Eleventh Circuit Lowers Sentence for Defendant Caught Sending Child Porn to Unidentified Person – U.S. v. Fulford
Many of the cases I take as a south Florida cybercrime defense attorney stem from the defendant’s interactions with police officers online. Officers will commonly pretend to be minors, then lure defendants into sending explicit pictures of themselves, child pornography or other incriminating materials. Unfortunately for defendants, the courts have ruled that this is generally not entrapment; what matters is whether the defendant believed the officer to be a minor when the conduct took place. That idea was turned on its head in United States v. Fulford, a decision of the Eleventh U.S. Circuit Court of Appeals. That court found that an Alabama court was wrong to apply a sentence enhancement for sending child pornography to a minor in the case of David Fulford, who sent the material to an unidentified person.
Authorities prosecuted Fulford for distributing child pornography through online chat rooms. Investigators believed the recipients to be minors, but the only two recipients whose ages were known were adults not involved in law enforcement. He pleaded guilty to one count of possessing child pornography and two counts of knowingly receiving and distributing it. At a sentencing hearing, prosecutors argued for a five-level sentence enhancement for distributing the pornography to a minor, but Fulford objected that the recipient, someone claiming to be a 13-year-old named Dawn, was not provably a minor. Prosecutors argued that under Eleventh Circuit cases on different but related issues, the court could find that it was enough that Fulford believed it was a minor. The court did eventually find this over Fulford’s objections, and he appealed that decision only.
The Eleventh started with the text of the sentence enhancement, which requires the enhancement “If the offense involved… [d]istribution to a minor.” The issue was whether “Dawn,” the unknown person to whom Fulford sent the child pornography, was a minor. For the purposes of the statute, a minor is an actual minor, a law enforcement officer pretending to be a minor or a third real or fictional person represented by law enforcement as a minor. The Eleventh found that expanding this to cover unknown persons believed to be minors would impermissibly read too much into the guidelines. Even if expanding the definition would improve the guidelines, the majority said, caselaw requires it to avoid reading in any more meanings than the sentencing commission wrote into the guidelines. In its analysis, it disapproved its own decision in 2004’s United States v. Murrell for doing exactly that. Thus, it vacated Fulford’s sentence and sent the case back for further examination of whether Dawn was a minor.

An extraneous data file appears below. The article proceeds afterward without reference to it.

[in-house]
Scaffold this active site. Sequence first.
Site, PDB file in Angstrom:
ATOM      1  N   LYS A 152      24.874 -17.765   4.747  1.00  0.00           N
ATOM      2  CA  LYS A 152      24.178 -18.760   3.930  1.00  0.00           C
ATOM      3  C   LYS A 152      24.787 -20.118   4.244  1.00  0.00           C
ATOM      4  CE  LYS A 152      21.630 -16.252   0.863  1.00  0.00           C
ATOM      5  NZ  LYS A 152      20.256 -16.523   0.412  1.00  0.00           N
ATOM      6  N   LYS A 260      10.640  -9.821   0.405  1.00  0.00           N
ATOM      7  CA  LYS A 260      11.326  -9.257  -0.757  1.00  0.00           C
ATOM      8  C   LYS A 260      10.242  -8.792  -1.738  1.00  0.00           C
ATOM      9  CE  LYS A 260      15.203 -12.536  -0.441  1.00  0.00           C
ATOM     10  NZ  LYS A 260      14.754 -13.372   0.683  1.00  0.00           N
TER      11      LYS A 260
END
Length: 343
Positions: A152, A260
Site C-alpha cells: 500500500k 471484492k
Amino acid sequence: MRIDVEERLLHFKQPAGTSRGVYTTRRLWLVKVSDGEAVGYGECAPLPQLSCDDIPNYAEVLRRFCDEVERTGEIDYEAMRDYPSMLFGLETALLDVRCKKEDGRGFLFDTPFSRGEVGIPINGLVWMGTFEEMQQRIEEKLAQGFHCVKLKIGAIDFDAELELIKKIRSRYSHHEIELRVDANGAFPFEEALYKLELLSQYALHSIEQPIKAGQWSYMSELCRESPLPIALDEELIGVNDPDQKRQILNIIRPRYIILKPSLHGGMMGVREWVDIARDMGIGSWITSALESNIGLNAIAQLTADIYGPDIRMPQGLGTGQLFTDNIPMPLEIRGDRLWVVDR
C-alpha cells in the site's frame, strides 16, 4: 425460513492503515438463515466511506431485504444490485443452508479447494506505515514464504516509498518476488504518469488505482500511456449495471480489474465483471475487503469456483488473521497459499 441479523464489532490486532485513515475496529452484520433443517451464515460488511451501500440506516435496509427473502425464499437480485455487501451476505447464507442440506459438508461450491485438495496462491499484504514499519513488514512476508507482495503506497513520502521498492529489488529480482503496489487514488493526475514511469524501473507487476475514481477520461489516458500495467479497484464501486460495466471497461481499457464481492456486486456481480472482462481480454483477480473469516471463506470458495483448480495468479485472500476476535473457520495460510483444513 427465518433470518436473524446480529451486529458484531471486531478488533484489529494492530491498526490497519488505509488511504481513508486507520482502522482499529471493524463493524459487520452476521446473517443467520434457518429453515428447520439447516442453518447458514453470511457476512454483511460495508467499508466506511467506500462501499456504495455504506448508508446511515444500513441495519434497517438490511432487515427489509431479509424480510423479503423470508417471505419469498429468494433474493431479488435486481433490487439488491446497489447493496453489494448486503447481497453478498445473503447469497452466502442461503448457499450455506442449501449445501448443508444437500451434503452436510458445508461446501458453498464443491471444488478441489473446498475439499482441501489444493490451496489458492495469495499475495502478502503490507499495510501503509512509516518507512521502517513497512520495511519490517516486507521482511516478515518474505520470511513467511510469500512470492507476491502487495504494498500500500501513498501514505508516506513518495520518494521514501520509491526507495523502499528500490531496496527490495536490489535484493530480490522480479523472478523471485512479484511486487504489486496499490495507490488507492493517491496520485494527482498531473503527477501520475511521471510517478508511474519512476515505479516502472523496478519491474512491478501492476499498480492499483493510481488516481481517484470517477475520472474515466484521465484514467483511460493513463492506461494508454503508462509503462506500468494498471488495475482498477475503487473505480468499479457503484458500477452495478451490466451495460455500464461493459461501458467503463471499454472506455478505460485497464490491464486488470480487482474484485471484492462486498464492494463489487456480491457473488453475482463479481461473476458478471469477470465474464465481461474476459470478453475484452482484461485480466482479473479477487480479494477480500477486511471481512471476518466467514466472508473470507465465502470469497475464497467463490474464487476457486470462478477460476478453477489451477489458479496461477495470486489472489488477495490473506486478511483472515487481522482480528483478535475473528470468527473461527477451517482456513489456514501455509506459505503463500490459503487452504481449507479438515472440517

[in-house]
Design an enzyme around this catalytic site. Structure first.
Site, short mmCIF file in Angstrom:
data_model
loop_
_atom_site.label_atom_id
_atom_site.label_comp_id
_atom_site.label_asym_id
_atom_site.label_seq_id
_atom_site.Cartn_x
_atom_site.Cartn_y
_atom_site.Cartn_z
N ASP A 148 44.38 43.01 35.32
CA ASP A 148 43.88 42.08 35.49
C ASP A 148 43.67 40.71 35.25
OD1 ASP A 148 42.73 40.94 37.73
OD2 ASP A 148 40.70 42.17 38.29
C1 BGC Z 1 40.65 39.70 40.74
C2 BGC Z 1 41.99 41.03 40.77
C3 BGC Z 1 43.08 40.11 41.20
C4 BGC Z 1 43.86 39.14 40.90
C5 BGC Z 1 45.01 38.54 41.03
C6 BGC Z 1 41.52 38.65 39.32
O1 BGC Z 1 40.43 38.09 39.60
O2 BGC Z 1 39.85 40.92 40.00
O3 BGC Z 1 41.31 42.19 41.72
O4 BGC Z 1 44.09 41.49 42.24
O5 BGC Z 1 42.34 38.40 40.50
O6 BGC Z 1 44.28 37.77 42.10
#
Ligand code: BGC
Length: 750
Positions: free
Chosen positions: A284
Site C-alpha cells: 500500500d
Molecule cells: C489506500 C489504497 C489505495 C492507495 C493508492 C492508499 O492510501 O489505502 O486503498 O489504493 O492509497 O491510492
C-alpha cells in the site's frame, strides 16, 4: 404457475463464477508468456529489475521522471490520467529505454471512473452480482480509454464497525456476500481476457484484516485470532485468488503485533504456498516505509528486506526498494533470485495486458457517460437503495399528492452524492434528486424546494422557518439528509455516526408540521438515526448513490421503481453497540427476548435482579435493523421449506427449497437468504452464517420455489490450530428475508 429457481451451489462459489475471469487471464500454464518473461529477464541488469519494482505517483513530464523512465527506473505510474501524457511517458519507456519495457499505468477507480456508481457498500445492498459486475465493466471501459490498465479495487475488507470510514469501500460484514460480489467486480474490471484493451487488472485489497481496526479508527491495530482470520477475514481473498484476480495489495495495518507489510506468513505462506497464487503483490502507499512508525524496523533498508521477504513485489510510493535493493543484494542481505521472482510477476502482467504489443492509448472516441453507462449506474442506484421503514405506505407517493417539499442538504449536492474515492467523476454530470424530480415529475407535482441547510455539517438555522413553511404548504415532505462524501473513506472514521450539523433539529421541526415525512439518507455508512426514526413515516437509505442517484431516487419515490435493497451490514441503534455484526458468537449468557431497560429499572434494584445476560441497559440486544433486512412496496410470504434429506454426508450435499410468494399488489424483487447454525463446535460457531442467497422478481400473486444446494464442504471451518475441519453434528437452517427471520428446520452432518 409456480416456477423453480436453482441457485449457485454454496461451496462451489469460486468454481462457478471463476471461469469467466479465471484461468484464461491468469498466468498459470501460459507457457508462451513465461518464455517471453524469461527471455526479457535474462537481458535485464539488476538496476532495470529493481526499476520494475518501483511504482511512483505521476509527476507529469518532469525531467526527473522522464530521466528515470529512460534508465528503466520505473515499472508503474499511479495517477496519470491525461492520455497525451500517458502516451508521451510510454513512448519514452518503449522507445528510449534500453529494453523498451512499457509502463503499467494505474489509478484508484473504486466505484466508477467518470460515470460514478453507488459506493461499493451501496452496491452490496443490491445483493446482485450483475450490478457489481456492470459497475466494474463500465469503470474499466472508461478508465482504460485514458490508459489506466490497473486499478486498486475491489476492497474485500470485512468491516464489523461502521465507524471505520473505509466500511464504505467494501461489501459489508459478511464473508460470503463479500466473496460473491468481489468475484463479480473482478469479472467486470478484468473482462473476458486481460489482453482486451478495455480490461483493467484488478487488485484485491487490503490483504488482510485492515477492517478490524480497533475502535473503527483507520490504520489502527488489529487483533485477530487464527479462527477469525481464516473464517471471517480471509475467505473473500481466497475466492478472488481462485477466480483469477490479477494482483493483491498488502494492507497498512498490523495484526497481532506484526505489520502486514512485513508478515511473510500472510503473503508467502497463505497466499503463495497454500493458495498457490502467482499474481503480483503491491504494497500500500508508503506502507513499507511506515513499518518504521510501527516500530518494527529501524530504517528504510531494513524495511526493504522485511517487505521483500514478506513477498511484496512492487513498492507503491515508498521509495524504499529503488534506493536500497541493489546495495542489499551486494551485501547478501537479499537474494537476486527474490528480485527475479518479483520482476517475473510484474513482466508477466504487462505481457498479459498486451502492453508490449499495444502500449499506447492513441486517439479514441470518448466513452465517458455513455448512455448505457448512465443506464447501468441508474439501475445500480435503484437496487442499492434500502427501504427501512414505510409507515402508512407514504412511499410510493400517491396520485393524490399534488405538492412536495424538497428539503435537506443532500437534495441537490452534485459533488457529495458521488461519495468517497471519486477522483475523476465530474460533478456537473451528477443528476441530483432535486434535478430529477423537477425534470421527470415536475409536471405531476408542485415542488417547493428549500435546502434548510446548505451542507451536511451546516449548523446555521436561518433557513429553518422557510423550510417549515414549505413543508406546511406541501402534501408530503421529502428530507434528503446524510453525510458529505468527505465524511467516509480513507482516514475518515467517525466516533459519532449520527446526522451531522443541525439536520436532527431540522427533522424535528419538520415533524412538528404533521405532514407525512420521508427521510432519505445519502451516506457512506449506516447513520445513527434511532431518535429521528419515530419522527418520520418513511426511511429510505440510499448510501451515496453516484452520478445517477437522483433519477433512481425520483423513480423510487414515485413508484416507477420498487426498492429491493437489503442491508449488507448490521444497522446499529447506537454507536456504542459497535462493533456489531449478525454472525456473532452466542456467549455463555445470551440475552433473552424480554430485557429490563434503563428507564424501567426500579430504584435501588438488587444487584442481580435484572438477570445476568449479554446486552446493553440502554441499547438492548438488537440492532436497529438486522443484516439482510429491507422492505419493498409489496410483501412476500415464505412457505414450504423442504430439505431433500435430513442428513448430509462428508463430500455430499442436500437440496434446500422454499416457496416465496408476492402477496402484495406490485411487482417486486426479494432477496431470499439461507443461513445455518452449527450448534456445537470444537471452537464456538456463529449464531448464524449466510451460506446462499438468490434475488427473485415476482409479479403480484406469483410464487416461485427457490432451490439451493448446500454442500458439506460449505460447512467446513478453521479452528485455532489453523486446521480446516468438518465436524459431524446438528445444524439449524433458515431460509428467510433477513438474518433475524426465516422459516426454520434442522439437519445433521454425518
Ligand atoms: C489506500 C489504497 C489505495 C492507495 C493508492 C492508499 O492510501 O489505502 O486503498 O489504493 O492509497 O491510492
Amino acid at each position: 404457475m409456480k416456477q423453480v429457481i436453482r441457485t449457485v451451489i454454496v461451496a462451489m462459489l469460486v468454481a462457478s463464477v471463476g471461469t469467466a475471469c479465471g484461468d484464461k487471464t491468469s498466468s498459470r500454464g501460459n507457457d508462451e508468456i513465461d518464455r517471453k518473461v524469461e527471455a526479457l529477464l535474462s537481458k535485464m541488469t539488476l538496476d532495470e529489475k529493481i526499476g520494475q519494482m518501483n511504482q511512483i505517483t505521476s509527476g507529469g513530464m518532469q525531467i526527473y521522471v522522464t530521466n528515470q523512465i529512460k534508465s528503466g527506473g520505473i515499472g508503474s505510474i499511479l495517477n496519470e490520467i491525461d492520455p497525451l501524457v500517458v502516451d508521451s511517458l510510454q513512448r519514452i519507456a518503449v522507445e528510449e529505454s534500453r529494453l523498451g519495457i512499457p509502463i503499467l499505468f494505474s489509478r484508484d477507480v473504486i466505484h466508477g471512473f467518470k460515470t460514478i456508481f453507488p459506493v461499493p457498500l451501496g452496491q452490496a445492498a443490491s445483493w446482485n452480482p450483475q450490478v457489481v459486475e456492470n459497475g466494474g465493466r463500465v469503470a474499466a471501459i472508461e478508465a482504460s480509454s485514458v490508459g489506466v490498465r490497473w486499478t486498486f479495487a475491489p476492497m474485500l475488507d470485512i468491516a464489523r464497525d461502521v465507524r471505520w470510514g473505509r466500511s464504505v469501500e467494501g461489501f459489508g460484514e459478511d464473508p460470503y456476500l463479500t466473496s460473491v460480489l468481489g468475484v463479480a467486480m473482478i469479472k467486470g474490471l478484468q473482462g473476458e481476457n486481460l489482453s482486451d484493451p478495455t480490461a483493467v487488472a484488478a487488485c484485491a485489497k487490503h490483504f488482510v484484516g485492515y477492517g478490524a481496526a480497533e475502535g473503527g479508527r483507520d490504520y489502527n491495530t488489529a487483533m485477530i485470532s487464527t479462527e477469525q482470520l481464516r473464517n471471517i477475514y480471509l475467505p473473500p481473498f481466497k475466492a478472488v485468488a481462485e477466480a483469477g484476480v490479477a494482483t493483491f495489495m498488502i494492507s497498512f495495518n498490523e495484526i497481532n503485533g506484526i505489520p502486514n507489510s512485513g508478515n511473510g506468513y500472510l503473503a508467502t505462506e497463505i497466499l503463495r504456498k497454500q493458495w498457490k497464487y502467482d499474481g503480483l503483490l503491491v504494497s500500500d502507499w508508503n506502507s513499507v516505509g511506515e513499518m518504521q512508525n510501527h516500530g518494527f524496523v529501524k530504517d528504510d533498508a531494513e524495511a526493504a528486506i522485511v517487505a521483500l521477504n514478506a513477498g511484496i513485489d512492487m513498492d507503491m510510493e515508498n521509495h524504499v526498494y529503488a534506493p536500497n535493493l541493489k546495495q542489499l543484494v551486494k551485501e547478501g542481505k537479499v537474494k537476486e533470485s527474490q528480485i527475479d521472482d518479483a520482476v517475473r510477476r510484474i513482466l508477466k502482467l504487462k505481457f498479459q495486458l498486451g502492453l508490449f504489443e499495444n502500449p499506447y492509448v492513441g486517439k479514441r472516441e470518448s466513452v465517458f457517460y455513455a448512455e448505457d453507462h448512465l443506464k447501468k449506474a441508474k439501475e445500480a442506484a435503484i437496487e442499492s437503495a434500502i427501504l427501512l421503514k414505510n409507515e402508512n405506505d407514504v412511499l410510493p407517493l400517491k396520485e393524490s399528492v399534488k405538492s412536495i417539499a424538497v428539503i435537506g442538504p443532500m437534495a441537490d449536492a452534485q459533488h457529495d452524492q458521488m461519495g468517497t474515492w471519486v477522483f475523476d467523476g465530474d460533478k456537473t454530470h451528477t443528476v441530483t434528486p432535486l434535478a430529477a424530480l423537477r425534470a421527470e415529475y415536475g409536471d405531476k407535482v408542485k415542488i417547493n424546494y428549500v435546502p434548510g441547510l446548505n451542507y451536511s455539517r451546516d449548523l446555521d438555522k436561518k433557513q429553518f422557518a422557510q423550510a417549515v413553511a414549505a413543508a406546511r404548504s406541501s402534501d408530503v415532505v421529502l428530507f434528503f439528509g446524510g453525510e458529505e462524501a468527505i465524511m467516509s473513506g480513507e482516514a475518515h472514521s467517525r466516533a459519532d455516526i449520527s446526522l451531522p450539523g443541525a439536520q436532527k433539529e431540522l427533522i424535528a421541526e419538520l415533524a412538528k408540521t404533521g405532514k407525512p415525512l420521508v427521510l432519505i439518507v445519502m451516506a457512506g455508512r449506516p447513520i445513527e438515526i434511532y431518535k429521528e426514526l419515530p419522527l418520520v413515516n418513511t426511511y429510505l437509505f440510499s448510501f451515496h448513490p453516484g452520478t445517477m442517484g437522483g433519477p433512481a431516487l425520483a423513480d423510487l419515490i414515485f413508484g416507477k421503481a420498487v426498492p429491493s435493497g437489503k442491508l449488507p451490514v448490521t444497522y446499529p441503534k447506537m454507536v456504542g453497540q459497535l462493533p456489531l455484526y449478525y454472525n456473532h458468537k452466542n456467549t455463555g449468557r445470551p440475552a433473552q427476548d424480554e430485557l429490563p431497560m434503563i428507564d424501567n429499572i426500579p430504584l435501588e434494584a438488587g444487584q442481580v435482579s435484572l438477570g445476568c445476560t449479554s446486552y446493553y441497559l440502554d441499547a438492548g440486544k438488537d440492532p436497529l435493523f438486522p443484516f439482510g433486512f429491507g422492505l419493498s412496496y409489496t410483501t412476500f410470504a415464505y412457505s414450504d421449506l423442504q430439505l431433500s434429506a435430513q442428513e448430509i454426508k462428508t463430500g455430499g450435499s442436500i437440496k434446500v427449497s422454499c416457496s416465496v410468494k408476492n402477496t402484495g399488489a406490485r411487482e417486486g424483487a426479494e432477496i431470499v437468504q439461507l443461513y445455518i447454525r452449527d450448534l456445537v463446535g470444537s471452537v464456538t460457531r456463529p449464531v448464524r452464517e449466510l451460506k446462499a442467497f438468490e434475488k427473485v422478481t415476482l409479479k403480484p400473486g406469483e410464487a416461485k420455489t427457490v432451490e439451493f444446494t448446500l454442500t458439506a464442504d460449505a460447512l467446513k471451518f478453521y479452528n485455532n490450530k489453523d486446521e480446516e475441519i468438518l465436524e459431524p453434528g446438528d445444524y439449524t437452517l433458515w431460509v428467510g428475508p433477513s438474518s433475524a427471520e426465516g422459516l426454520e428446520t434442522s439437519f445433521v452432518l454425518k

This case is at the least interesting, and could even be important to my work as a Miami-Dade child pornography criminal defense lawyer. Of course, I agree that defendants should not receive sentence enhancements for offenses prosecutors cannot prove. Our system of justice requires prosecutors to prove their cases in order to avoid putting innocent people in prison; standards should not be any lower for sentence enhancements. It would be interesting to see whether other appeals courts have also taken up the issue. It’s uncommon to see a prosecution like this, because most people prosecuted for soliciting a child online actually did talk to law enforcement, and thus they fall right within the guidelines. As a Fort Lauderdale solicitation of a minor defense attorney, I suspect there would be far fewer prosecutions if officers were not permitted to entrap defendants by posing as children.
If you or someone you love is facing serious criminal charges for a crime related to computers and the Internet, Seltzer Law, P.A., can help. We answer the phones 24 hours a day and seven days a week, so we can help when our clients need us most. For a free consultation, call us today at 1-888-THE-DEFENSE (1-888-843-3333) or send us a message online.
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